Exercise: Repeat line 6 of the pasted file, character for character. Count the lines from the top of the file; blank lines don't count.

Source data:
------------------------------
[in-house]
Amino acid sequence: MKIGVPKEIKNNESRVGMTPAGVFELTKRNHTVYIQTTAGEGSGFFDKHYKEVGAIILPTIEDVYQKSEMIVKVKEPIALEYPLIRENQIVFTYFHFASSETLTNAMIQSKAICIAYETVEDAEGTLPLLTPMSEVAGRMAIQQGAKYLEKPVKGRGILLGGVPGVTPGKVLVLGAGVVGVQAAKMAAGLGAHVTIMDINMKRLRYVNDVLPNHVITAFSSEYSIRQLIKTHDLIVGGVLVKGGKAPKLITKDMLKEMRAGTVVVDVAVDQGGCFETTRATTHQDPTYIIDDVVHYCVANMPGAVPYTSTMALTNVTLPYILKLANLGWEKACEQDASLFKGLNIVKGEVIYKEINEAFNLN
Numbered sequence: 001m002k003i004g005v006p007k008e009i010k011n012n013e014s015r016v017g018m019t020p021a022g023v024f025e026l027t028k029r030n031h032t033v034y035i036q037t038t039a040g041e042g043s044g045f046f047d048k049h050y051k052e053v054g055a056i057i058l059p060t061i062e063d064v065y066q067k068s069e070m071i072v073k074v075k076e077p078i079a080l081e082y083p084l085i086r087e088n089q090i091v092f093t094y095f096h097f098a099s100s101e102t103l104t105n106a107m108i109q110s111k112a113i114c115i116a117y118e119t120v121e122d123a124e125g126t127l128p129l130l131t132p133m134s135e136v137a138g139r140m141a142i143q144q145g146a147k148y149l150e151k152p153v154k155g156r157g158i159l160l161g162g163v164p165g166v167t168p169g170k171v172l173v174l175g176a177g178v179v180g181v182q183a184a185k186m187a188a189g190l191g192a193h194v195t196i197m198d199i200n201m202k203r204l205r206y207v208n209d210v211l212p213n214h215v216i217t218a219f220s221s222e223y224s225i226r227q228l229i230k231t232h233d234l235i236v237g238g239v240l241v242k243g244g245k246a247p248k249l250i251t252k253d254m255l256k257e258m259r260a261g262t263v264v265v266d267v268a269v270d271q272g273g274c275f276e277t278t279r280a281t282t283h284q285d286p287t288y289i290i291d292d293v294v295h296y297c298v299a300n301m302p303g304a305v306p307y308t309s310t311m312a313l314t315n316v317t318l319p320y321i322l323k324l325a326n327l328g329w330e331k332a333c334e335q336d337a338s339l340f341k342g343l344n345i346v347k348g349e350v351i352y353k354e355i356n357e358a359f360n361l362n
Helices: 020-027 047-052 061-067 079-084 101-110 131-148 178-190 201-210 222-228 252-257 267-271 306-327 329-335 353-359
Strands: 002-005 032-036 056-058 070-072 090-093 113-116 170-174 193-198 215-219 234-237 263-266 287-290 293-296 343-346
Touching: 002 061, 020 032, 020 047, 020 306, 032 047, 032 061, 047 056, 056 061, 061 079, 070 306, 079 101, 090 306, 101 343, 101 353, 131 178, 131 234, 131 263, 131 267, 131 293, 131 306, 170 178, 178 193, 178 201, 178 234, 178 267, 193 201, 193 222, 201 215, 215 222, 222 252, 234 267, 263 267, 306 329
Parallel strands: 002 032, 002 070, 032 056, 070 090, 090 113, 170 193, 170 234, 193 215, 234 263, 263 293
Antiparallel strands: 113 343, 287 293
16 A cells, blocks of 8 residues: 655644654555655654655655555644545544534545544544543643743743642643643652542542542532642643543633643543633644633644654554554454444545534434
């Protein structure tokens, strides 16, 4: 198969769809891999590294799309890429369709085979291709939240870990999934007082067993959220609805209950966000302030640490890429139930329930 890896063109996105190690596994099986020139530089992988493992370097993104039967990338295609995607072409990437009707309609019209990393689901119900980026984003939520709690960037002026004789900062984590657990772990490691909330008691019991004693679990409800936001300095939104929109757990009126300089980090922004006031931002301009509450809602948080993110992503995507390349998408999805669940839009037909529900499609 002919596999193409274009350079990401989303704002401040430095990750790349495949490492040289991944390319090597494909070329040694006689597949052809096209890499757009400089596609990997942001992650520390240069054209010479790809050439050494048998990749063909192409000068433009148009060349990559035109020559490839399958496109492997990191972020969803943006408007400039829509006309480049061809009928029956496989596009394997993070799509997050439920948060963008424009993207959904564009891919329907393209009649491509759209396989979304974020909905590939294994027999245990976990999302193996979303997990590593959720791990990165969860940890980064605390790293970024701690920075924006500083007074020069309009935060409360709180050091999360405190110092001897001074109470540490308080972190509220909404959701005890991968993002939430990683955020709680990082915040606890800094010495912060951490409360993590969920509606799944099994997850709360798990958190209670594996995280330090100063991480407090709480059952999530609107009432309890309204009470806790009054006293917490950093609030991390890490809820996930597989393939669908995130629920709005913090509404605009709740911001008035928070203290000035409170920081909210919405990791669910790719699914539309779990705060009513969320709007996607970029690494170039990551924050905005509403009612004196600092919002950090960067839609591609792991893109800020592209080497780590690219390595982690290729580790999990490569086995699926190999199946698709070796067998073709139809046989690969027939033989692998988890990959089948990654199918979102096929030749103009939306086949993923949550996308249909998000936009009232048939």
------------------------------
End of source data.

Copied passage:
Touching: 002 061, 020 032, 020 047, 020 306, 032 047, 032 061, 047 056, 056 061, 061 079, 070 306, 079 101, 090 306, 101 343, 101 353, 131 178, 131 234, 131 263, 131 267, 131 293, 131 306, 170 178, 178 193, 178 201, 178 234, 178 267, 193 201, 193 222, 201 215, 215 222, 222 252, 234 267, 263 267, 306 329